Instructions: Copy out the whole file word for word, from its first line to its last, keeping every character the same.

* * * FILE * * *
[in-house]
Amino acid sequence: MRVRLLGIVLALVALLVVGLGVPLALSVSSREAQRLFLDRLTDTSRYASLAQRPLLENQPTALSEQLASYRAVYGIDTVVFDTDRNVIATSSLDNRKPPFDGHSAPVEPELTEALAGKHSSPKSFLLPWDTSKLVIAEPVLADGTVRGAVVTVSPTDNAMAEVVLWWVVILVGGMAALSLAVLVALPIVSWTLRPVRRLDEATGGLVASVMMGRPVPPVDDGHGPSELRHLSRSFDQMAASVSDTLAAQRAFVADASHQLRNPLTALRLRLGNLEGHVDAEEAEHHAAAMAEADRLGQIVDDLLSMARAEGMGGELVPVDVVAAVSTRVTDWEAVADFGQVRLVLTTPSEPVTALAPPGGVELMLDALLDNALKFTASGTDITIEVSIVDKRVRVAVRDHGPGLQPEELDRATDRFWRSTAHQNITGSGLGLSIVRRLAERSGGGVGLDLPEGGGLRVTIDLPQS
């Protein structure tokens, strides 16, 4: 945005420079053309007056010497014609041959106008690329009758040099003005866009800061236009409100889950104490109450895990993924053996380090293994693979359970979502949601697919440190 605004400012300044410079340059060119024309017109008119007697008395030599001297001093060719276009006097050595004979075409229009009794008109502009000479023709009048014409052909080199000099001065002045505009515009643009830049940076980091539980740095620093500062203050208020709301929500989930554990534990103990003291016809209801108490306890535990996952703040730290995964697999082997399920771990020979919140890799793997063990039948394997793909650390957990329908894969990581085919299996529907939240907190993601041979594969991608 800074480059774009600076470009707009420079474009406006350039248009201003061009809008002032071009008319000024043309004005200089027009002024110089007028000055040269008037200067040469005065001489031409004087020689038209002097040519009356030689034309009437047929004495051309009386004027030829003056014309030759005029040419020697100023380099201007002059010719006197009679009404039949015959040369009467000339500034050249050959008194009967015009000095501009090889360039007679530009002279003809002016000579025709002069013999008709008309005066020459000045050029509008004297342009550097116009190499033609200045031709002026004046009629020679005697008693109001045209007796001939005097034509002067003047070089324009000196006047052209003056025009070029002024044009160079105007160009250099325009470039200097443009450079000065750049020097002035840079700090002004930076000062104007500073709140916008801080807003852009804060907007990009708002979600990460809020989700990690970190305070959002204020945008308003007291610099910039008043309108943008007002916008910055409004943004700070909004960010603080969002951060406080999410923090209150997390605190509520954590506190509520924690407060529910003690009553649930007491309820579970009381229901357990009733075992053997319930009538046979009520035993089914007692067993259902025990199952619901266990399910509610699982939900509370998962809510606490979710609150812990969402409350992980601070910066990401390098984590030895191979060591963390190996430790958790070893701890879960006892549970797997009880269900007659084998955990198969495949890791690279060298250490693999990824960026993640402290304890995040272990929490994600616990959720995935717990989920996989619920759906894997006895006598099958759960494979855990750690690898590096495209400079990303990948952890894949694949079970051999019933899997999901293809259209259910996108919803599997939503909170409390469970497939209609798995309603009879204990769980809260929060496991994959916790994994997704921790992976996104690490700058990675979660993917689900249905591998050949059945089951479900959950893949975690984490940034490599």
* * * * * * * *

[in-house]
Amino acid sequence: MRVRLLGIVLALVALLVVGLGVPLALSVSSREAQRLFLDRLTDTSRYASLAQRPLLENQPTALSEQLASYRAVYGIDTVVFDTDRNVIATSSLDNRKPPFDGHSAPVEPELTEALAGKHSSPKSFLLPWDTSKLVIAEPVLADGTVRGAVVTVSPTDNAMAEVVLWWVVILVGGMAALSLAVLVALPIVSWTLRPVRRLDEATGGLVASVMMGRPVPPVDDGHGPSELRHLSRSFDQMAASVSDTLAAQRAFVADASHQLRNPLTALRLRLGNLEGHVDAEEAEHHAAAMAEADRLGQIVDDLLSMARAEGMGGELVPVDVVAAVSTRVTDWEAVADFGQVRLVLTTPSEPVTALAPPGGVELMLDALLDNALKFTASGTDITIEVSIVDKRVRVAVRDHGPGLQPEELDRATDRFWRSTAHQNITGSGLGLSIVRRLAERSGGGVGLDLPEGGGLRVTIDLPQS
């Protein structure tokens, strides 16, 4: 945005420079053309007056010497014609041959106008690329009758040099003005866009800061236009409100889950104490109450895990993924053996380090293994693979359970979502949601697919440190 605004400012300044410079340059060119024309017109008119007697008395030599001297001093060719276009006097050595004979075409229009009794008109502009000479023709009048014409052909080199000099001065002045505009515009643009830049940076980091539980740095620093500062203050208020709301929500989930554990534990103990003291016809209801108490306890535990996952703040730290995964697999082997399920771990020979919140890799793997063990039948394997793909650390957990329908894969990581085919299996529907939240907190993601041979594969991608 800074480059774009600076470009707009420079474009406006350039248009201003061009809008002032071009008319000024043309004005200089027009002024110089007028000055040269008037200067040469005065001489031409004087020689038209002097040519009356030689034309009437047929004495051309009386004027030829003056014309030759005029040419020697100023380099201007002059010719006197009679009404039949015959040369009467000339500034050249050959008194009967015009000095501009090889360039007679530009002279003809002016000579025709002069013999008709008309005066020459000045050029509008004297342009550097116009190499033609200045031709002026004046009629020679005697008693109001045209007796001939005097034509002067003047070089324009000196006047052209003056025009070029002024044009160079105007160009250099325009470039200097443009450079000065750049020097002035840079700090002004930076000062104007500073709140916008801080807003852009804060907007990009708002979600990460809020989700990690970190305070959002204020945008308003007291610099910039008043309108943008007002916008910055409004943004700070909004960010603080969002951060406080999410923090209150997390605190509520954590506190509520924690407060529910003690009553649930007491309820579970009381229901357990009733075992053997319930009538046979009520035993089914007692067993259902025990199952619901266990399910509610699982939900509370998962809510606490979710609150812990969402409350992980601070910066990401390098984590030895191979060591963390190996430790958790070893701890879960006892549970797997009880269900007659084998955990198969495949890791690279060298250490693999990824960026993640402290304890995040272990929490994600616990959720995935717990989920996989619920759906894997006895006598099958759960494979855990750690690898590096495209400079990303990948952890894949694949079970051999019933899997999901293809259209259910996108919803599997939503909170409390469970497939209609798995309603009879204990769980809260929060496991994959916790994994997704921790992976996104690490700058990675979660993917689900249905591998050949059945089951479900959950893949975690984490940034490599």